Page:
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SWPA States

A Case Study of Central Pontine Myelinolysis Co-Morbid with Alcohol Abuse
    Chelsi King     California School of Professional Psychology at Alliant International University, Fresno
    Sandra Isabel Viggiani     Fuller School of Psychology, Fuller Seminary
    Katherine Hippman     Louisiana State University Baton Rouge LA
    Billie Clare Myers     Fielding Graduate University
    Kimberly S. Hutchinson     Lake Charles Memorial Hospital
    Lawrence S Dilks     Counseling Services
    Burton Ashworth     Counseling Services
    Marnie Richard     Hawaii School of Professional Psychology


Introduction
Central Pontine Myelinolysis (CPM), is neurological disorder caused by brain cell dysfunction. Essentially, CPM is caused by the destruction of myelin sheath (covering) on nerve cells in the Pons area in the brainstem. A common cause of CPM is rapid change in sodium levels in the body. Risk factors include the following: alcoholism, liver disease, and malnutrition. Previous literature suggest individuals who are diagnosed with CPM demonstrate the following symptoms: confusion, delirium, poor alertness, lethargy hallucinations, difficulty swallowing, changes in speech, problems with balance, tremors, and bilateral weakness in face, arms, or legs.

Method
A case study was conducted on a 55 year old, female patient who diagnosed with CPM and past history of alcohol abuse. She reported history of panic attacks and endorsed symptoms consistent with anxiety. An abbreviated neuropsychological test battery and mental status evaluation were conducted with the patient.

Results
Her mental status was intact. She was alert and coherent and oriented in all spheres. Thought processing was slowed. She denied any history of delusions, hallucinations, or perceptual disturbances. None were apparent during the course of the evaluation. Patient presented with mild speech dysfluency; her speech was slurred. She demonstrated significant anxiety during the evaluation often displayed by fidgetiness. Fine and gross motor abilities were moderately impaired by overall weakness in the patientís extremities. Neuropsychological test results suggested the patientís intellectual abilities were in the average range. Moderate impairment was found in the patientís executive functioning abilities including visual tracking, visual scanning and acuity, processing speed, and cognitive shifting and flexibility. Language impairment was also identified by testing with regard to semantic fluency. She scored in the below-average range. Patient endorsed significant anxiety symptoms during the course of evaluation. She met diagnostic criteria for Mild Neurocognitive Disorder due to Another Medical Condition and Unspecified Anxiety Disorder.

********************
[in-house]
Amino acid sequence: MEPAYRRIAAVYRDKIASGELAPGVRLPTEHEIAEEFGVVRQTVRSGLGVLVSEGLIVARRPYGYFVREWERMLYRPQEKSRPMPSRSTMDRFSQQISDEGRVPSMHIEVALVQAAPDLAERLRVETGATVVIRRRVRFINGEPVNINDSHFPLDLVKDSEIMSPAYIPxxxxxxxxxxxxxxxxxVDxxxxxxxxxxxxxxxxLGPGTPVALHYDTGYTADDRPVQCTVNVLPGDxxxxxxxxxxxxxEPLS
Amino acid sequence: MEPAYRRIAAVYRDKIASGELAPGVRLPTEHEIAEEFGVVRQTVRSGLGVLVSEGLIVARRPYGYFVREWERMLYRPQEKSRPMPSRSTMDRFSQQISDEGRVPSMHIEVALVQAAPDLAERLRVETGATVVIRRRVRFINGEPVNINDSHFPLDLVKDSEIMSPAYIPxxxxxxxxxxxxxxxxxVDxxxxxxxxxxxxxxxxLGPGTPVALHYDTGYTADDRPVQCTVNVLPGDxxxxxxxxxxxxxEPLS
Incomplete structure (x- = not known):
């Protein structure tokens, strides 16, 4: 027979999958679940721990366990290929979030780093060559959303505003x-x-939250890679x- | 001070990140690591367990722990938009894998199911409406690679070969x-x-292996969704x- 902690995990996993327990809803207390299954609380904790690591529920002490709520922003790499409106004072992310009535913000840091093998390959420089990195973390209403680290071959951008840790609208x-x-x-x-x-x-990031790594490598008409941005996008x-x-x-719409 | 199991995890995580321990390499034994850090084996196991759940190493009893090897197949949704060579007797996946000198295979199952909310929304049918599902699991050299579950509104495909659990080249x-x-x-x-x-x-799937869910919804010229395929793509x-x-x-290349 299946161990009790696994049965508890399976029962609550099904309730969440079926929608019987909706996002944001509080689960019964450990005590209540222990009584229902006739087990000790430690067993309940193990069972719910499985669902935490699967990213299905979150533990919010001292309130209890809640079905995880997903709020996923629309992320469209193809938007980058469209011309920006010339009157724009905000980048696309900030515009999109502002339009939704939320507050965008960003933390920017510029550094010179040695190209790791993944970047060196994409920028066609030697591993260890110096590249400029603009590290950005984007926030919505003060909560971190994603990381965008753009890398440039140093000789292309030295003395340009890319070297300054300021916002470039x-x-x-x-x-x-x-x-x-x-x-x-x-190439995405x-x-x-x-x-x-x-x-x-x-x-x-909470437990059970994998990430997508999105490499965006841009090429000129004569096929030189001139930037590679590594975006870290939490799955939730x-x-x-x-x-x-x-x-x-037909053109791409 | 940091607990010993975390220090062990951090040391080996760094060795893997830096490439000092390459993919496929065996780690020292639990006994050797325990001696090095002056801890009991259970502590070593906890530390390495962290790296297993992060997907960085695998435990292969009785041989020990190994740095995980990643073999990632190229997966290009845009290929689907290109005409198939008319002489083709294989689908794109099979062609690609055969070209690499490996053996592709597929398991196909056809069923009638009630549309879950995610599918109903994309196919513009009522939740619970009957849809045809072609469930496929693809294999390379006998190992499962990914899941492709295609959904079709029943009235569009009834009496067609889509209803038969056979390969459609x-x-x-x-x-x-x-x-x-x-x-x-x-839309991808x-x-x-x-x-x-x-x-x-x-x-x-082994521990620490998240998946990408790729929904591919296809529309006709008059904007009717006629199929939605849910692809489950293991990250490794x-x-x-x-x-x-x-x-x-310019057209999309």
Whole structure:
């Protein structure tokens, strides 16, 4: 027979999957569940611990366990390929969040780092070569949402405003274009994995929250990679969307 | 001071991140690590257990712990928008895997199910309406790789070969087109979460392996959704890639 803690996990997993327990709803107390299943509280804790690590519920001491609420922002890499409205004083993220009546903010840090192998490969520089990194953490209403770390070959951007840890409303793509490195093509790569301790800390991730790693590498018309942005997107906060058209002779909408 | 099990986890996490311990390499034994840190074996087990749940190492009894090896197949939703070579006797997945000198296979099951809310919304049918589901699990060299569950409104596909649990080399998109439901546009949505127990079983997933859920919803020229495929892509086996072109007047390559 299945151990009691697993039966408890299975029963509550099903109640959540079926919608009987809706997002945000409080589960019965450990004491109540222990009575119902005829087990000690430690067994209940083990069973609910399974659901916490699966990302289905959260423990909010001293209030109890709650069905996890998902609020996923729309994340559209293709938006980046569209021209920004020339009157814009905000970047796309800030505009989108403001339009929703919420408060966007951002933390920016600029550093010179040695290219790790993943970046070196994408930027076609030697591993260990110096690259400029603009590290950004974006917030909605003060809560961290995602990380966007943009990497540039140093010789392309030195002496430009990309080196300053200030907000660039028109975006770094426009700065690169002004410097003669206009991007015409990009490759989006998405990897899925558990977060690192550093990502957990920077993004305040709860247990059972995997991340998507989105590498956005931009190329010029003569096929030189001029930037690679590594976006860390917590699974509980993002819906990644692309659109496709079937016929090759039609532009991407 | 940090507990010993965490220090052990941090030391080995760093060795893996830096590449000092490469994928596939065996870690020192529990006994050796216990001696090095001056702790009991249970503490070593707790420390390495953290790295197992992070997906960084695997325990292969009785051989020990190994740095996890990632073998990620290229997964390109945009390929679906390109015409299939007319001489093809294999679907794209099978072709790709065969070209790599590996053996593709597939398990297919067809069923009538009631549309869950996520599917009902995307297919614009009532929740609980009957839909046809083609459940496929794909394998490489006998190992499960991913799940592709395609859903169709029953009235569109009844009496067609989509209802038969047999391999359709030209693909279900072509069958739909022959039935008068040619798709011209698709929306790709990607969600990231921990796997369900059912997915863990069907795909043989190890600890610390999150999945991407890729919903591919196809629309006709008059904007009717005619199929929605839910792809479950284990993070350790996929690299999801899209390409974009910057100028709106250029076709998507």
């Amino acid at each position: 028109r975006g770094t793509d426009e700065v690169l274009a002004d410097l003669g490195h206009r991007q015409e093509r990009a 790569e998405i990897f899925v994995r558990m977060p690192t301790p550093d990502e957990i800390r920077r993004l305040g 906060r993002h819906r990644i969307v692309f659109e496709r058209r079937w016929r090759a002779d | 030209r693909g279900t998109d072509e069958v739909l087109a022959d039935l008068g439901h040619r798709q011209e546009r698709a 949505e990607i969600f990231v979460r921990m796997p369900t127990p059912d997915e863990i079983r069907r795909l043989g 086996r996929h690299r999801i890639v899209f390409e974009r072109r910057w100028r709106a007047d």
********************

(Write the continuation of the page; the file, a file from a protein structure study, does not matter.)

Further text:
Discussion
Implications suggest further research investigate the association between CPM and anxiety as well as further explore the relationship between CPM and deficits in executive functioning and language.





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